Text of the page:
• LDRS 634H Accountability and Performance (3 sem. hrs.)

      When health service executives and professionals are asked to explain what outcomes are being achieved by the provincial and territorial health systems across Canada, the reply is usually rhetoric and platitudes but little evidence. The reality is we do not have the ability to define what we accomplish that costs approximately 44 per cent of the provincial and territorial budgets. This course explores the concepts of accountability and governance in detail. The collective goal is to better explain what the health systems are producing as tangible outcomes. Servant leaders are called to communicate with the communities and populations they serve with integrity and honesty and to serve their patient/client/resident needs as best they can, based on the organization’s values and strategy as well as the customer’s expectations.

      Pre-requisite(s): LDRS 500.


    • LDRS 637H Employee Engagement and Stewardship (3 sem. hrs)

      This course explores the concept of the leader as a steward of the organization's human resources. It pays particular attention to how the Christian servant leader might reconcile and integrate his/her stewardship responsibilities utilizing Christian perspectives. How does servant leadership translate into action when a leader has to make decisions relative to salary increases, bonuses, employee development, or terminating an employment relationship? Course participants analyze employee engagement practices and trends. More importantly, they interact with other servant leaders to grapple with the daily task of applying such practices to being good stewards in relation to the people they lead.


    • Christian Ministries (M) Stream

      LDRS 641M Theology of Christian Leadership (3 sem. hrs.)

      Explores key theological and biblical leadership concepts and identifies points of harmony and incompatibility with secular leadership paradigms: personalized philosophy of biblical leadership; comparison of biblical leadership to other perspectives; application of leadership principles to ministry issues; and best practice considerations.


    • LDRS 642M Leadership and Change (3 sem. hrs.)

      Explores how high performance in organizations is related to one's ability to adapt to changing internal and external needs: societal trends and forces that impact need for change; importance of flexibility and adaptation to organizational performance; the role of values factors for guiding successful change; an understanding of one's own personal style in leading change; developing a personal philosophy of change leadership; gaining competence in collaboration change leadership; learning to respond positively to change resistance; and evaluating change results as a basis for successful organizational operations.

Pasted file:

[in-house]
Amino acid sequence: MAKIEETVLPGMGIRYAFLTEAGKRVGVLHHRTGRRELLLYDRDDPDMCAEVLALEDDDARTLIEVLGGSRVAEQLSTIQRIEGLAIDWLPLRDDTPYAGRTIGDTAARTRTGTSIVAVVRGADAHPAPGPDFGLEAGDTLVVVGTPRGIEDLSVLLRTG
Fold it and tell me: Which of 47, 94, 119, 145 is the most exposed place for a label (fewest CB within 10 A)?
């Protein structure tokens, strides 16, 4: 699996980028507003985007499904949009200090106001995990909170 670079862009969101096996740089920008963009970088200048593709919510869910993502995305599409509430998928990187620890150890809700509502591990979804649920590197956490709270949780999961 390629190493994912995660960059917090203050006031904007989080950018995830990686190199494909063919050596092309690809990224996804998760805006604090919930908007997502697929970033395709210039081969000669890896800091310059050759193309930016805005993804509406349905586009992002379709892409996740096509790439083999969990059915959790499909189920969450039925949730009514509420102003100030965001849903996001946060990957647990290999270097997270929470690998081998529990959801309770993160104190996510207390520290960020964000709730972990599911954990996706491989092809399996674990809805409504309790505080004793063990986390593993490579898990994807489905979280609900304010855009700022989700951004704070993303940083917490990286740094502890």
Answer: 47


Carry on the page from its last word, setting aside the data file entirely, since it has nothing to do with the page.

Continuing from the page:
• LDRS 645M Leadership across Cultures (3 sem. hrs.)

      Examines the nature of culture and its influence on human society and behaviour, especially in relationship to leadership processes between cultures; the possibility of shared leadership practices across cultures; religious differences and impacts on social values and management practices; the skills required to work across cultures; international strategies to improve management performance; challenges and responses to the current global system; lessons from Paul the Apostle's journeys to different lands; and integration of intercultural practice requirements with the requirements of a Christian worldview.


    • LDRS 646M Empowering Leadership: Mentoring, Spiritual Directing, Coaching (3 sem. hrs.)

      This course is a study that reflects on the character, heart, hope, and practices of relational leadership which focuses on empowering others—especially the next generation of leaders. Mentoring is a primary strategy that is examined in depth. A historical perspective exposes the challenges used throughout the history of mentoring. A best practices model is constructed that offers principles of relational leadership that can be used in organizations and churches or with individuals. The coaching model for leadership development is given consideration in this course. Students have an opportunity to reflect on those women and men who have played a significant role in their own leadership development and then anticipate what they may need in present or future contexts by way of mentoring and/or coaching.


    • LDRS 647M Sustainability in Servant Leadership (3 sem. hrs.)